Five things you need to know before flying in a pandemic
We may be in the midst of a pandemic, but there are still many reasons why we have to fly. Family obligations, work, and health reasons are all valid examples of why some of us have to travel. But what do you need to know before you book, pack, and board? Let's take a look...
What should I do if my flight is canceled? Due to the ever-evolving travel situation, you might suddenly find that your flight has been canceled or delayed. Flight cancelation and delays are unavoidable and can happen right up until the last minute. You should keep monitoring the situation daily before your planned departure, but just be aware that now more than ever, cancelations are common. If or when the flight is canceled you should seek advice from Flightright to see if you are entitled to flight compensation or a refund. Don’t just chalk it off to the pandemic and don’t waste hours on hold to the airline, head straight over to their site to get to the bottom of whether your flight qualifies for compensation or not.
If my flight is canceled, am I entitled to compensation? Under EU Regulations, passengers are entitled to either a refund or a replacement flight, should their flight be canceled. If the airline failed to inform you 14 days or more before departure, you could be entitled to claim compensation. Flight delay compensation or canceled flight compensation amounts can range between EUR 250 and EUR 600 per passenger, depending on the distance of the flight. Services like Flightright can check your claim in just a couple of moments and let you know if it’s likely you qualify. You can then decide whether to open a case and claim that money, or not. They have been helping passengers for over 10 years, have a 99% success rate in court, and have helped passengers receive more than EUR 300 million in payouts.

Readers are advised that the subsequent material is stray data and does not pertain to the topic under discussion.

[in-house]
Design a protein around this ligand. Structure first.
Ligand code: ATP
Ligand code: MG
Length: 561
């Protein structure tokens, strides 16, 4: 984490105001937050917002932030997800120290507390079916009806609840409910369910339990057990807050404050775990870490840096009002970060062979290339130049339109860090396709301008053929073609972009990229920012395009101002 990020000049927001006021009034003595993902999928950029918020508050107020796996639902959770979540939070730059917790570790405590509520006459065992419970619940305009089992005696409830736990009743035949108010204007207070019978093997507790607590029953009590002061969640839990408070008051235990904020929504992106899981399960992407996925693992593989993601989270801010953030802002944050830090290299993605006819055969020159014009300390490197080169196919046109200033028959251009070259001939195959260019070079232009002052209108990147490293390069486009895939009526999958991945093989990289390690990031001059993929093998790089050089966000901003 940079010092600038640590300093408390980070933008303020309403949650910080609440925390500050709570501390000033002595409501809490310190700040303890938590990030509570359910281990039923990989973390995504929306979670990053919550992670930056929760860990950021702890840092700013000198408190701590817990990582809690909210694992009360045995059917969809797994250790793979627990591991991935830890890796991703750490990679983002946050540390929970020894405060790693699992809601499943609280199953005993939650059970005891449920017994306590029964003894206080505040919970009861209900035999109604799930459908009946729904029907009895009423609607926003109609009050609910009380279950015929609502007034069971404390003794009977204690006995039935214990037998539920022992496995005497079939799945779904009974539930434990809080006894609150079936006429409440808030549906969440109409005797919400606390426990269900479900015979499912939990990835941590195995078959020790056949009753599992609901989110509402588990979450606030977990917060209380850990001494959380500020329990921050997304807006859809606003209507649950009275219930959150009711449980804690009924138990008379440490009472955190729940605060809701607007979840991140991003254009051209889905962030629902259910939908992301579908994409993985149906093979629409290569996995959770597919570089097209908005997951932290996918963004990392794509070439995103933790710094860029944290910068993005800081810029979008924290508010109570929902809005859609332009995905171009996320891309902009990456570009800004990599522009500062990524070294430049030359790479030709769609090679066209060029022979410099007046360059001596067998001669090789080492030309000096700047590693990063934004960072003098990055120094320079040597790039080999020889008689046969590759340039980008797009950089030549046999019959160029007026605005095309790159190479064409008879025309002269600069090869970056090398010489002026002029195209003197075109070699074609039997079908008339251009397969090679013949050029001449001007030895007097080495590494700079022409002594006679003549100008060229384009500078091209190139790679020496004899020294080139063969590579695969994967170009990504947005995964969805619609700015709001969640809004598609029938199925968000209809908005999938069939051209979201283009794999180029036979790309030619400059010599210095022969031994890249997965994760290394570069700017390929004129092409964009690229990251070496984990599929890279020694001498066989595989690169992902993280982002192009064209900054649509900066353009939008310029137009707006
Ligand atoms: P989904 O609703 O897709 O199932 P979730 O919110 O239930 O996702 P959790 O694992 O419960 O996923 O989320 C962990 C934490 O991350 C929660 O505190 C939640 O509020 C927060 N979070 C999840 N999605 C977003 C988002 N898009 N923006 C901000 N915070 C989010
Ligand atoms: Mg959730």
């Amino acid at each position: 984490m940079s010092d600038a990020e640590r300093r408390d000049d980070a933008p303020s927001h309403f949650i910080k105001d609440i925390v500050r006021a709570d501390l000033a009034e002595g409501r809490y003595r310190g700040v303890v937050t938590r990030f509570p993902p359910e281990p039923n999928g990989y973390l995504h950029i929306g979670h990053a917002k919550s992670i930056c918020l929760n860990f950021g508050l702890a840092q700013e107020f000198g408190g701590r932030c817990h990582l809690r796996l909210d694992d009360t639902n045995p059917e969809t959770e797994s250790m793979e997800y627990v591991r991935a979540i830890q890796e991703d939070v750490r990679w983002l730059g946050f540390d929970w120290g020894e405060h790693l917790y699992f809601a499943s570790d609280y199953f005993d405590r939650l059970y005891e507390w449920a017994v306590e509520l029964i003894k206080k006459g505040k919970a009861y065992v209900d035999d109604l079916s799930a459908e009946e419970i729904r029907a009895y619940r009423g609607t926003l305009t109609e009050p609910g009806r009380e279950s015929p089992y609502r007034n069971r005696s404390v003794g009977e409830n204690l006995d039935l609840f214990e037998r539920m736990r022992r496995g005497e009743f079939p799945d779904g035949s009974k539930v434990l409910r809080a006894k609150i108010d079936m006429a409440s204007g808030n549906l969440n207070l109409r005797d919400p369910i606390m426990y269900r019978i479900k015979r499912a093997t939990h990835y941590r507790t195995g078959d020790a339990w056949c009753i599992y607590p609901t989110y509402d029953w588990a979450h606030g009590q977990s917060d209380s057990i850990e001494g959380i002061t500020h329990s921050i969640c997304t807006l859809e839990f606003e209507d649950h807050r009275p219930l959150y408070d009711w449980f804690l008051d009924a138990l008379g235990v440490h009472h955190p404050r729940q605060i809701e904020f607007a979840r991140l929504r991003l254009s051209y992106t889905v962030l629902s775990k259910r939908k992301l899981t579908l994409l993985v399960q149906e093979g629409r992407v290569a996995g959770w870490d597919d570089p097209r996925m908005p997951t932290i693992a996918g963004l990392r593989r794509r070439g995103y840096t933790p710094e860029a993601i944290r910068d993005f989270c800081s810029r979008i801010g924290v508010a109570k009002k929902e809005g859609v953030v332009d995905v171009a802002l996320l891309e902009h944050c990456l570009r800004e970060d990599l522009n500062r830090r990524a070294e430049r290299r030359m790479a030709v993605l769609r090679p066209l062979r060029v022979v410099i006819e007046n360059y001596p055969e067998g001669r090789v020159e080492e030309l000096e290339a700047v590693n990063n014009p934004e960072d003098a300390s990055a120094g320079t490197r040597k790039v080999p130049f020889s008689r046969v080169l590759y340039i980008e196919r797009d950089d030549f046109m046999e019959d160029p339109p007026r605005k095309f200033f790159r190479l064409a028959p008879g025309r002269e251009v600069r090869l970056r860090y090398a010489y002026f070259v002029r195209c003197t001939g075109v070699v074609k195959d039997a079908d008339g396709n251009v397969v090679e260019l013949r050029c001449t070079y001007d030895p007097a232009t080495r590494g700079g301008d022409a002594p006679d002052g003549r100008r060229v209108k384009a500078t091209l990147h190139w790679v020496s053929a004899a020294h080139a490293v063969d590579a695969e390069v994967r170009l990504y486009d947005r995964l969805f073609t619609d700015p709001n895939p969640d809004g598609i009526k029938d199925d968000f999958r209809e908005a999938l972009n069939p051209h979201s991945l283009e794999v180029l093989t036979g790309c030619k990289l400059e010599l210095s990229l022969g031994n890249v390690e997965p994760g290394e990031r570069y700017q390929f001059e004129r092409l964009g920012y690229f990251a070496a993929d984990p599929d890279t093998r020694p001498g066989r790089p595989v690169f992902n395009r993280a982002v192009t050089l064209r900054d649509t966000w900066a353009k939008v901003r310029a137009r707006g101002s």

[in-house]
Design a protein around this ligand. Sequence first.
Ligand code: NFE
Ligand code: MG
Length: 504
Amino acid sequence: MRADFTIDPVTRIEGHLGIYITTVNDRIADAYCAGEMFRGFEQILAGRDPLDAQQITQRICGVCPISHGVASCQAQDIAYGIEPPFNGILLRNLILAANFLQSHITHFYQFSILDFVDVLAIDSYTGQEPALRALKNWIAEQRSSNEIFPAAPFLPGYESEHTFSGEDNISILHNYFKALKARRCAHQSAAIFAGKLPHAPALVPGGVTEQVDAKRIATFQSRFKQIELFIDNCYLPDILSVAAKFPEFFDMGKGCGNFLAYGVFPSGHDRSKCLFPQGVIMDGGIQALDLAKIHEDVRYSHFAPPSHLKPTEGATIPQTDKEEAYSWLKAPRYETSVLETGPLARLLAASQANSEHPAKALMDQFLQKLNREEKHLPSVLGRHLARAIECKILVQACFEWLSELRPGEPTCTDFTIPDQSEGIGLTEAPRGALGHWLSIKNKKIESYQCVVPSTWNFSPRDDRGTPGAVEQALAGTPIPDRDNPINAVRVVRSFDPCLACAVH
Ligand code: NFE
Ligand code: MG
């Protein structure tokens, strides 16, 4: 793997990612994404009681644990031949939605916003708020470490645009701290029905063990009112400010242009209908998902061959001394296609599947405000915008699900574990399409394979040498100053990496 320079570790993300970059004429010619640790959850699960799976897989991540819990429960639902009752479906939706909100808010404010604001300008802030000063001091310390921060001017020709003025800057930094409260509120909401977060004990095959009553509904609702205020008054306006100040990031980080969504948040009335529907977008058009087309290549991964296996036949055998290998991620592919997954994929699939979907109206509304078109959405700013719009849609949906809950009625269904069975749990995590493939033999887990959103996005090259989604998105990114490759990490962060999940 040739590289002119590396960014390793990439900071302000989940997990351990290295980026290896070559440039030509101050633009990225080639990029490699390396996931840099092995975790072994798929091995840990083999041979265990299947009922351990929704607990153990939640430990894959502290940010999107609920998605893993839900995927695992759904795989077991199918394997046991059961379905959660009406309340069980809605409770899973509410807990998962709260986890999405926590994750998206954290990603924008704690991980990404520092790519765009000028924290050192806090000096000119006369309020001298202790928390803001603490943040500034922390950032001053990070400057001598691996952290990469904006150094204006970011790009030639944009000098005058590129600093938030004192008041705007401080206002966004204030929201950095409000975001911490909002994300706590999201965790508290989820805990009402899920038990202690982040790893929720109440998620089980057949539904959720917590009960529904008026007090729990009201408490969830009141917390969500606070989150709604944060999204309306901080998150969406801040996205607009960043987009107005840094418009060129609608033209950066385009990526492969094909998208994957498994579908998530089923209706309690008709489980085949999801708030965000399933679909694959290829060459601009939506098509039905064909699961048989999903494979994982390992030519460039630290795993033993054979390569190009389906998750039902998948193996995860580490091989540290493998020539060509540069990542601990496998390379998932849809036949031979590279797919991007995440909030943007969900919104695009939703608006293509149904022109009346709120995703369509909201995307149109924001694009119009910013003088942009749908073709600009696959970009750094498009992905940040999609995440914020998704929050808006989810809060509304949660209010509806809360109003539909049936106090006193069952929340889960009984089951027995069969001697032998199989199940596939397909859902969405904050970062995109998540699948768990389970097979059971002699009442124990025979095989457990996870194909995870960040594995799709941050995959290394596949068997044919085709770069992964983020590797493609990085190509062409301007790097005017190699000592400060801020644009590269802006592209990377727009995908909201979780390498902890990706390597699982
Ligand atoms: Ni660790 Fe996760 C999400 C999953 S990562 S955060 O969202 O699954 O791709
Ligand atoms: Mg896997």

Where should I go? Where you can and should go will depend a lot on your nationality and where you are traveling from. Restrictions are changing quickly so you should always check entry requirements to anywhere you wish to go, regularly. It’s also advisable to take a PCR test before travel, even if it isn't required. This way, you can be sure that you are negative before you travel. Many countries have come up with a red and green system that categorizes countries based on the pandemic situation at any given time. Be sure you know which category you fall into before you book flights and continue monitoring the situation prior to departing to the airport.
What should I pack? Before traveling, you should check what allowances the airport and airline have concerning hand sanitizer. Make sure you have some with you, and backup in your luggage, but that you remain within the guidelines. It’s also advisable to carry a couple of replacement masks/visors in your hand luggage and hold luggage, just to be sure. You might consider packing a thermometer and paracetamol as well. It would also be smart to pack comfortable clothes, medical documents such as insurance policies, and supplies you may need in case of flight delays or cancellations.
What precautions should I take on the plane? Once you’re on the plane, there are several precautions you should take. These include trying to maintain a two-meter distance at all times, avoiding touching handrails, headsets, trays, armrests, elevator buttons, and kiosks, and wearing a face mask. When you do come into contact with common surfaces as well as at regular intervals, you should be sure to wash and/or sanitize your hands with a suitable alcohol-based product. It’s also wise to avoid touching your eyes, nose, and mouth, and to cover your mouth and nose with your elbow when sneezing or coughing. Some passengers prefer to use both a mask and a visor when transiting airports and on the plane.
Remember, times are changing very quickly and the best thing you can do is to check with local authorities before booking and flying while making sure you follow all precautions.